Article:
By Errol Castens/NEMS Daily Journal
(Note: I rarely offer the same column twice – perhaps three or four times in 15 years of writing – but because I was ill a few days this week, because this one made the points that are much on my mind, I offer it with thanks for your indulgence.)
It’s not bragging to say I’m a Christian; it’s a confession. It doesn’t mean I’m somehow magically better than anyone else; it’s an admission of profound, personal failure.
We who lean toward Reformed theology call it “total depravity” – an acknowledgement that even our best efforts miss the mark and that our best intentions are impure.
That’s why I’m a Christian. It means Jesus lived a perfect life in my stead – because I couldn’t – so that his righteousness could be registered in my account. As the saying goes, “He paid a debt he did not owe because I owed a debt I could not pay.”
In God’s economy, sin is an absolute violation of his perfection. Anything less than absolute punishment will not answer. Sin cannot be counterbalanced by a superior number of good works any more than arsenic can be counterbalanced by a larger quantity of oatmeal.
Some people object to this Christian cornerstone as a cartoonish portrait of a tyrannical deity. To them, it’s as though God is on a capricious ego trip: “I’m in a bad mood, so somebody’s gonna catch hell!”
Not so. God himself – for God the Son is not separate from God the Father – chose to die a horrible death on our behalf, not just because it settles an account that nothing else could, but because it also has the maximum impact on its beneficiaries.
In Louisa May Alcott’s “Little Men,” there is a scene in which Professor Bhaer confronts the orphan Nat about the boy’s frequent lying. Nat’s generally a good boy – much as we all like to think of ourselves as generally good people – but the professor understands just how ruinous one failing can be and wants Nat to know it, too.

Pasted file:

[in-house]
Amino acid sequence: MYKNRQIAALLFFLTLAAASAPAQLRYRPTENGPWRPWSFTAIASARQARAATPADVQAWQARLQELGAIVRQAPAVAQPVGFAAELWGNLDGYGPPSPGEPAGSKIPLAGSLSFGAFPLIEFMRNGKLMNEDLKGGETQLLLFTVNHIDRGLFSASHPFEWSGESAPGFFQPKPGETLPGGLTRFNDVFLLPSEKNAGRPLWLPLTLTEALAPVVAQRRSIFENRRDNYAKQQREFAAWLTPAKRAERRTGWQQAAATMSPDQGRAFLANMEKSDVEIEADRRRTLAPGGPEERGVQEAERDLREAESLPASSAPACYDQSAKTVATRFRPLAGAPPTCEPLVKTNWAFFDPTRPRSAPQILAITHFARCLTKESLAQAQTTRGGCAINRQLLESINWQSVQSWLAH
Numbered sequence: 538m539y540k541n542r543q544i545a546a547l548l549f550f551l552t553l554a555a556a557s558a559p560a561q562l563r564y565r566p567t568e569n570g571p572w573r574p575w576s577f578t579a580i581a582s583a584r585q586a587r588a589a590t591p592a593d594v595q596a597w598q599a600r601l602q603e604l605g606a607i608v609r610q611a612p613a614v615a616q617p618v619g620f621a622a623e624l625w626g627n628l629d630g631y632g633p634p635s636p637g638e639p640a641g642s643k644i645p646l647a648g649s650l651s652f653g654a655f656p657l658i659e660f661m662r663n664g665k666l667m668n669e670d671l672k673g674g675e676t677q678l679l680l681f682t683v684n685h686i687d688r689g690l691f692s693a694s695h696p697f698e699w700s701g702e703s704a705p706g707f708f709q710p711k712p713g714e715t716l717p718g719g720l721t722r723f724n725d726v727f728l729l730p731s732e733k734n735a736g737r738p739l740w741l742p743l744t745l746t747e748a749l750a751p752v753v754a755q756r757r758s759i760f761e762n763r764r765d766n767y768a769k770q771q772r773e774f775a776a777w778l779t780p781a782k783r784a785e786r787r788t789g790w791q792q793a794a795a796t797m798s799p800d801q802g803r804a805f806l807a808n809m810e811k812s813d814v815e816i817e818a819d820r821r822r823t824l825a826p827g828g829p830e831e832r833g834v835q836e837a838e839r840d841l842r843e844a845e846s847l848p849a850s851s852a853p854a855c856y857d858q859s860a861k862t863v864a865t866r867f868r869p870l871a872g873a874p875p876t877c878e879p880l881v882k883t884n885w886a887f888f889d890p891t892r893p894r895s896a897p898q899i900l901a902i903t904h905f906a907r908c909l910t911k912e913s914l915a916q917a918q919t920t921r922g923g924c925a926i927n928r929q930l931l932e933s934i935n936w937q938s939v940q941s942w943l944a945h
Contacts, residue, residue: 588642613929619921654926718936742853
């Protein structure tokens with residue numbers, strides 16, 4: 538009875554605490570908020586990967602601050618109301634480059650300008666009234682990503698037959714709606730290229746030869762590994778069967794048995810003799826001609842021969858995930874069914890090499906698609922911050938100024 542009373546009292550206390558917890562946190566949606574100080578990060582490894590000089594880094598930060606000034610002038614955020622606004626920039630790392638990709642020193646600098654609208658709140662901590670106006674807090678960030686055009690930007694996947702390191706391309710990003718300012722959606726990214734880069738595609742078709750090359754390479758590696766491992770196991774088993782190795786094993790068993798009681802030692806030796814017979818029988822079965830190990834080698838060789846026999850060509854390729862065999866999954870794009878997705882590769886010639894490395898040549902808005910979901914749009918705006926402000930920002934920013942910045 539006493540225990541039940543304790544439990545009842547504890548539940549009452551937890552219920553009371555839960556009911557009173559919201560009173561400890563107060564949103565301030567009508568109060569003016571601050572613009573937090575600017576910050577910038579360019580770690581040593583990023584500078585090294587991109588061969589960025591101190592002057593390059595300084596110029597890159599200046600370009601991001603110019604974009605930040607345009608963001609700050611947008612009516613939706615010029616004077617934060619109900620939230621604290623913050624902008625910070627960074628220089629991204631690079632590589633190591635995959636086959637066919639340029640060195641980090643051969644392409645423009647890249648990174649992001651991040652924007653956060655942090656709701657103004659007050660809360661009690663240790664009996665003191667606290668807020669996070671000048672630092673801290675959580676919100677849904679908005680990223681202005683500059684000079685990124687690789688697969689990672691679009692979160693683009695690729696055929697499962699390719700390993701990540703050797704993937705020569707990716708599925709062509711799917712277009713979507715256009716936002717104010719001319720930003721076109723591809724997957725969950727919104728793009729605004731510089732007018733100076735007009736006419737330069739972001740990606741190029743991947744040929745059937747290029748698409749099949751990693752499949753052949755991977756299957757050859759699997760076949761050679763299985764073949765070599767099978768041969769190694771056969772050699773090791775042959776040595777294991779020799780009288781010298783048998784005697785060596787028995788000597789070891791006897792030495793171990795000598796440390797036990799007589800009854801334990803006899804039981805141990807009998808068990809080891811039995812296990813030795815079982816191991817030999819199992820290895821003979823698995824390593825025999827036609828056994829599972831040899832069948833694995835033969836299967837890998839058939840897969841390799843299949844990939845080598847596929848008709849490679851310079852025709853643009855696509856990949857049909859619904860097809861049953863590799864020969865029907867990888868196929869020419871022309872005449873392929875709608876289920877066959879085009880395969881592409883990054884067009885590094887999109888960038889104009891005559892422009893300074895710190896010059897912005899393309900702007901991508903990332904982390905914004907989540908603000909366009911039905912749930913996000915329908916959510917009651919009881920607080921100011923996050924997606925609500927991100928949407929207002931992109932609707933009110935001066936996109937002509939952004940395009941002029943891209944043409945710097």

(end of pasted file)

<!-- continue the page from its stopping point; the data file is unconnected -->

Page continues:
The good professor approaches Nat with a ruler as though planning to strike him. Nat’s dread turns to horror, though, when Professor Bhaer gives Nat the ruler, holds out his own hand and insists that Nat strike him again and again, harder and harder.
The realization that his beloved mentor is taking the punishment he deserved affects Nat far more than any physical pain of his own could have. The scene ends with Nat embracing the hand that took his punishment, weeping in shame for the pain he’d inflicted on his benefactor.
So it is with every Christian. According to tradition, Good Friday symbolizes the day we were individually responsible for the suffering and death of our Benefactor. It is a humiliating reality, but one that impacts far more eternally than our own punishment ever could.
It would be a shame for me to spurn such love.
Contact Daily Journal Oxford reporter ERROL CASTENS by email at firstname.lastname@example.org.